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Not the brightest in the box

If I determined a motto for my academic life, it would be:

Not the brightest crayon in the box

Sure, I am grateful to be a crayon in a box, but to say that I am the crayon shining at the top ends as wishful thinking. I was late to the computer science wave, having grown up without internet or a laptop (at least until the tail end of high school, but with no internet who cares). My only interest in software came from a presentation in geometry class by the computer science teacher, after which I spent the last two years of high school huddled in the back with others who did not understand assignments. In the back the teacher would coach us through solving the problem, and I faithfully attended every gathering.

I did not catch a break in college. Sitting in class surrounded by people who have built their own computers and appeared to pick up instructions quickly discouraged me all the more. I spent hours trying to arrive at the same understanding that others needed only minutes for. While professors do not gather the weaker students in the back to work through an assignment, I always found myself at the bottom (or near it) of the barrel in group thinks. Peppering the smart classmates with questions only made me feel worse, but I comforted myself in the fact that I was putting in some effort to understand.

Years passed and I never really grew comfortable in the “not the brightest” category. For once, I wanted to be one of the smartest people in a group. Little did I know that years later, that dream would finally come true.

I expressed interest in taking a Teradata training course since I use it at work. My boss signed me up for the class he took a year earlier, about advanced sql. I was pretty excited to take my sql skills to the next level, and enthusiastically looked forward to the opportunity.

When I arrived for the first day of class, we went over how Teradata physically works, which I found pretty interesting. You do not get this kind of knowledge in a degree. That first day ended up being the only day that kept me engaged. For the rest of the training we went over the basics of sql, how to filter down results, and even how to use some basic functions. I had been exposed to almost all of the material before, as I had a few years of work experience under my belt.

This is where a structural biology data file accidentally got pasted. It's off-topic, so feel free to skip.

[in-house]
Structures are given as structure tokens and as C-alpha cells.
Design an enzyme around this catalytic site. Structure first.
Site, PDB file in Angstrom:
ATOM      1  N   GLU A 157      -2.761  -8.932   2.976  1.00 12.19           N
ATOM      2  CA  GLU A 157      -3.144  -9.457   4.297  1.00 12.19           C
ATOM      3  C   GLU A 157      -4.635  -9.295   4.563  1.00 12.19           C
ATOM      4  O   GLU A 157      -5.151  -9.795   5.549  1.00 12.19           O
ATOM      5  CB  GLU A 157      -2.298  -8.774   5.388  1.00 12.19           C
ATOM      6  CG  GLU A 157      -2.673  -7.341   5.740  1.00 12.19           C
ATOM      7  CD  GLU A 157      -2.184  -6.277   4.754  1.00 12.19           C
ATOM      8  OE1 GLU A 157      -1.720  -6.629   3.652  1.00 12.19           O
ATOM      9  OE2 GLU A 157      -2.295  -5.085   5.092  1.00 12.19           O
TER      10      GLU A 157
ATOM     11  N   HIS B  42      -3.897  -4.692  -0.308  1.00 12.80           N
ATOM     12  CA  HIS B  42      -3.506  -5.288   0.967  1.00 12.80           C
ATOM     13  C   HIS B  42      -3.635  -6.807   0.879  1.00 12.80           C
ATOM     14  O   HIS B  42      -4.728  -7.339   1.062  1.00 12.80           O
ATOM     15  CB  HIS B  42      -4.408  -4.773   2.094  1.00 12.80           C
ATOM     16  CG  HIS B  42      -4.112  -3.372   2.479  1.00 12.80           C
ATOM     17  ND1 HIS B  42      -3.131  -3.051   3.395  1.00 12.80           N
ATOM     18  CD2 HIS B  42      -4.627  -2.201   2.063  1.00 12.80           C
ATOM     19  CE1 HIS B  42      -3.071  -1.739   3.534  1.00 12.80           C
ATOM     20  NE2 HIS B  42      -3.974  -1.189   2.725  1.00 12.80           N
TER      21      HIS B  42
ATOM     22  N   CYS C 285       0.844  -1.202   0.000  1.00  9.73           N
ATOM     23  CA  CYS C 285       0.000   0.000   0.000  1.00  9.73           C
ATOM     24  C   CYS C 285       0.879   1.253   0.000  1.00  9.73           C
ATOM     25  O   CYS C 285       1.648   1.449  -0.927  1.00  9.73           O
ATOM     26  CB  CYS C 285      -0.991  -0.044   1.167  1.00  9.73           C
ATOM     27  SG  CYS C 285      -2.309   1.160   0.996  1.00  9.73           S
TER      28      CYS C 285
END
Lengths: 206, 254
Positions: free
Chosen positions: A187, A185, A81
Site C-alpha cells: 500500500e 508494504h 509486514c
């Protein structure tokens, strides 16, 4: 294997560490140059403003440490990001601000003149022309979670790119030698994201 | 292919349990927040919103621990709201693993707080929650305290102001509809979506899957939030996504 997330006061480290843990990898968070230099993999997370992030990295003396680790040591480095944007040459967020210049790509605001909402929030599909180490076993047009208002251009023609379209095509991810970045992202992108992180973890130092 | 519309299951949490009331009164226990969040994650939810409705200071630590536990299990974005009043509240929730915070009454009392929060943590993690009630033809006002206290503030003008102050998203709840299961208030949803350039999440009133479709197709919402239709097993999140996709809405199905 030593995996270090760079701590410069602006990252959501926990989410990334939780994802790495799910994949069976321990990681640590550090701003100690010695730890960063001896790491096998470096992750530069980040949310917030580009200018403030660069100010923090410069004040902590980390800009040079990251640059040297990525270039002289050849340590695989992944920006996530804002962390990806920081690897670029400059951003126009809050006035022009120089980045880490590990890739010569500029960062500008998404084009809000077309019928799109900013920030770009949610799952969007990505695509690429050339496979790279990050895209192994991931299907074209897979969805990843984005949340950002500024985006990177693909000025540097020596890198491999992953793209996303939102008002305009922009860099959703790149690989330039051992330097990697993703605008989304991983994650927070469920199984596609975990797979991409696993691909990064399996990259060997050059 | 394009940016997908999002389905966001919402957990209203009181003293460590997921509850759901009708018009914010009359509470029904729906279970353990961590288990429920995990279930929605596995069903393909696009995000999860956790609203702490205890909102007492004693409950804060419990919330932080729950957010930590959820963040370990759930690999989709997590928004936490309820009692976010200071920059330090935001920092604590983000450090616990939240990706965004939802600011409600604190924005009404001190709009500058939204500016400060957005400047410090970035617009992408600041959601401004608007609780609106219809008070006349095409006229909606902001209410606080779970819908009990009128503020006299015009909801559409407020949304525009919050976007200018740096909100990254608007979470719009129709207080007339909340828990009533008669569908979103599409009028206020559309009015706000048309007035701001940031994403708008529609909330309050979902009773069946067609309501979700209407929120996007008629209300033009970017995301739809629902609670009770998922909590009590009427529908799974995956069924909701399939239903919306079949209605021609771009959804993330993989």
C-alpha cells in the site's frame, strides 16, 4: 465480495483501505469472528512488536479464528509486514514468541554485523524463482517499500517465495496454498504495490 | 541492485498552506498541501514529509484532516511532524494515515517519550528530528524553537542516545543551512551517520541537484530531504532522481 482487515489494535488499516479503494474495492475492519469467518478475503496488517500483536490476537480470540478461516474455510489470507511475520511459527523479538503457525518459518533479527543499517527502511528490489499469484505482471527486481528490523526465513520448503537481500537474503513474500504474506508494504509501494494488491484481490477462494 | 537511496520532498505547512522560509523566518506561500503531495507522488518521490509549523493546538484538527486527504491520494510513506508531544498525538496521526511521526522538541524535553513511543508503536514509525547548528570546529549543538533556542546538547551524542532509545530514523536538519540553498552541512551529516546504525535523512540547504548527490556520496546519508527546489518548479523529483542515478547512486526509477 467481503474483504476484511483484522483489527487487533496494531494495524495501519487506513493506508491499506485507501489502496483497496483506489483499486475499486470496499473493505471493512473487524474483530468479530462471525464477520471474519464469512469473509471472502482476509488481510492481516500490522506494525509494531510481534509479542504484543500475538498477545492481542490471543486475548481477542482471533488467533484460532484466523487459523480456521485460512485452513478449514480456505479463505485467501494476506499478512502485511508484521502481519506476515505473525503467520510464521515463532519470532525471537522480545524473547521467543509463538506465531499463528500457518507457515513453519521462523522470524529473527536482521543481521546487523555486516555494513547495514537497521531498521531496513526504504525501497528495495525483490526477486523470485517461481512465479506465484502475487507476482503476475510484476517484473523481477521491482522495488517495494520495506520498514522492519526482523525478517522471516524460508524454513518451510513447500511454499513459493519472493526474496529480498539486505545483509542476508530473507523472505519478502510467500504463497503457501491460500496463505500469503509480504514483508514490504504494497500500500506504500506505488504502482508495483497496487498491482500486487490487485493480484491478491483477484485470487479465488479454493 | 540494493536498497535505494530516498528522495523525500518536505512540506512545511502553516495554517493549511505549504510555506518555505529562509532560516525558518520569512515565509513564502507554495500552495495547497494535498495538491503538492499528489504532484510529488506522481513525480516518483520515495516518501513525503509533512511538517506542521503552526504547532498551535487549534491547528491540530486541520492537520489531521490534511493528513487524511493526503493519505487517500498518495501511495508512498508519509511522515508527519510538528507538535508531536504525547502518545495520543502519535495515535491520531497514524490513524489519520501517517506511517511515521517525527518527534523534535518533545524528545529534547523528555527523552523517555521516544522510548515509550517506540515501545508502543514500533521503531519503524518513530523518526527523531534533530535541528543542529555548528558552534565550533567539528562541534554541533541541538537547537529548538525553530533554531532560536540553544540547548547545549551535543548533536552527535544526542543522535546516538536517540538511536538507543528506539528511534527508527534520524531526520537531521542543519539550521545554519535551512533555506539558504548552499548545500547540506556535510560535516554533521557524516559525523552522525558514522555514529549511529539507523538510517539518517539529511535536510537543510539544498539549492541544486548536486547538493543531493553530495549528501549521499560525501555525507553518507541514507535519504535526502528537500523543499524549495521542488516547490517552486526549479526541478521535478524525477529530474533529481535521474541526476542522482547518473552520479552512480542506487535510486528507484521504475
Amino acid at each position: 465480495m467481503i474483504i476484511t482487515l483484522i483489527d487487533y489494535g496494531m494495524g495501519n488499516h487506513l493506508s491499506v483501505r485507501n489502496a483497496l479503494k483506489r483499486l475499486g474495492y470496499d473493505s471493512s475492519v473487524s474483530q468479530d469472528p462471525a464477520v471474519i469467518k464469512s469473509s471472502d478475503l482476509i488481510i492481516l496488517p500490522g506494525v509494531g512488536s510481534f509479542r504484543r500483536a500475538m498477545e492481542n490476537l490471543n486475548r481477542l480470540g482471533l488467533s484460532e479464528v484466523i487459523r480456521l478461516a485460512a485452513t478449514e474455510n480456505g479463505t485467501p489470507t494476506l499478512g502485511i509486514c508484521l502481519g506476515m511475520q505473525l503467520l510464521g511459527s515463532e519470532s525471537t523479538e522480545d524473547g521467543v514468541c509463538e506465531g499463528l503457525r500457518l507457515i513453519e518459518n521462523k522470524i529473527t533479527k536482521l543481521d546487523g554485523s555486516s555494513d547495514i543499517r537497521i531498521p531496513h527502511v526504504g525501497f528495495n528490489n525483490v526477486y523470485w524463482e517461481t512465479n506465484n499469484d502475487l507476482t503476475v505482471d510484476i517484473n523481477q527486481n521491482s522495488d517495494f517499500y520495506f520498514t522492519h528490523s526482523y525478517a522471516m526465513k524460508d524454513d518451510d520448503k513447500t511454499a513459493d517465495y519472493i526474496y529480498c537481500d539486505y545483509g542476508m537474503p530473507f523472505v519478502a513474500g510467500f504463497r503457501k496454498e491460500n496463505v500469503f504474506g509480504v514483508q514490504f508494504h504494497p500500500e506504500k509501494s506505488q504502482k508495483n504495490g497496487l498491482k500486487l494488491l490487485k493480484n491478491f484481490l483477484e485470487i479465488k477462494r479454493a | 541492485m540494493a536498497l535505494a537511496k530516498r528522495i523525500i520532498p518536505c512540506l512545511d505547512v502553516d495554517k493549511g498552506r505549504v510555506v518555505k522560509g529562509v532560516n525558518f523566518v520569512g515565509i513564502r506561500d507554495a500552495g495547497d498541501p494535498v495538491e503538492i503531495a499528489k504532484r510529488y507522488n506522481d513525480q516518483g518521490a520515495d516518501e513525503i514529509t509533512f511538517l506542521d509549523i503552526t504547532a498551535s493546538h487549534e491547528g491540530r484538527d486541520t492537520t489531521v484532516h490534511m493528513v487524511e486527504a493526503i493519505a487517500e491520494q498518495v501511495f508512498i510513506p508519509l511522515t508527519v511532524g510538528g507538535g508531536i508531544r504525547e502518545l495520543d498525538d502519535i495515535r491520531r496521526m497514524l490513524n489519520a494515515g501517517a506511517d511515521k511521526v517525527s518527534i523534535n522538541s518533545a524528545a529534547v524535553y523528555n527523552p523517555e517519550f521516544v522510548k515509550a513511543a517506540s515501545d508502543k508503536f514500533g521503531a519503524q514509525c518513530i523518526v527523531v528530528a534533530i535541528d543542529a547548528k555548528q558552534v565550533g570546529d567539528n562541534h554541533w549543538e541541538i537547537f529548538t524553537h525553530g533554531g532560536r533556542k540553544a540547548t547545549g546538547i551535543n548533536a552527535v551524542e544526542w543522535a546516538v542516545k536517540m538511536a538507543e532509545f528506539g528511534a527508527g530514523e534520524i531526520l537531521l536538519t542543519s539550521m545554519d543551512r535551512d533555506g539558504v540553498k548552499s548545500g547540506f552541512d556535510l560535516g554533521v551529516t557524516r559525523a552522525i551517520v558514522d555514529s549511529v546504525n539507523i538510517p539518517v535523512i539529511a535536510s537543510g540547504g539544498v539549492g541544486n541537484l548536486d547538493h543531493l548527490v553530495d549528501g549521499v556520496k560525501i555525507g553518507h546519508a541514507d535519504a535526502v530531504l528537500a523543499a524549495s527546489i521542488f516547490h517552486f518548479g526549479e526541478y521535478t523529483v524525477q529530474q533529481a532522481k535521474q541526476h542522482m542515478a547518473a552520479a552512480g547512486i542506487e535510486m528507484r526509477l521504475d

It felt nice hearing others ask questions that I silently knew the answer to. My mind wandered back to college when I had the blank look in my eyes as well as the painful struggle I endured to keep up. Now, I could maintain being mentally distracted and still finish the assignments with ease. It felt great being at the top.

For about a day.

As expected, I quickly became bored and felt like my life was wasting away. I ran out of things to look up on the internet (how preposterous!) and books to read. Existential questions ran through my head as the glacial feel of the class made me wish for work. Even though I could consider myself one of the brightest crayons in the box, it did not carry the fun I thought was part of the packaged deal.

After that class, I told my boss about my experience, and it dawned on him that I was signed up for the basic sql class instead of the advanced one. When he started asking me questions about some advanced datetime functions I knew a disconnect lurked in the shadows. He thought he had signed me up for the right course, but instead I wasted four days learning concepts I was privileged to learn through work.

Suffice to say I have been hesitant to make such a lofty wish. I do not consider myself to be one of the brightest crayons in the box. However, life experience has taught me that this is a stupid metric to follow. Now, as I look back, I take pride in the fact that I have solved problems I thought once held no solution. I marvel at how my anxiety has dropped because past experience has taught me that I am capable of finding solutions. But most importantly, I have learned to desire a level of continually learning. No, I do not want to be at the bottom of the pack, nor do I want to be comfortable at the top of the pack. I want to always push higher, stretch my potential, and face challenges that will spur personal growth even if it requires temporary feelings of inadequacy.

Forget the brightest crayon in the box adage. As a wise man once said,

Stay hungry, stay foolish.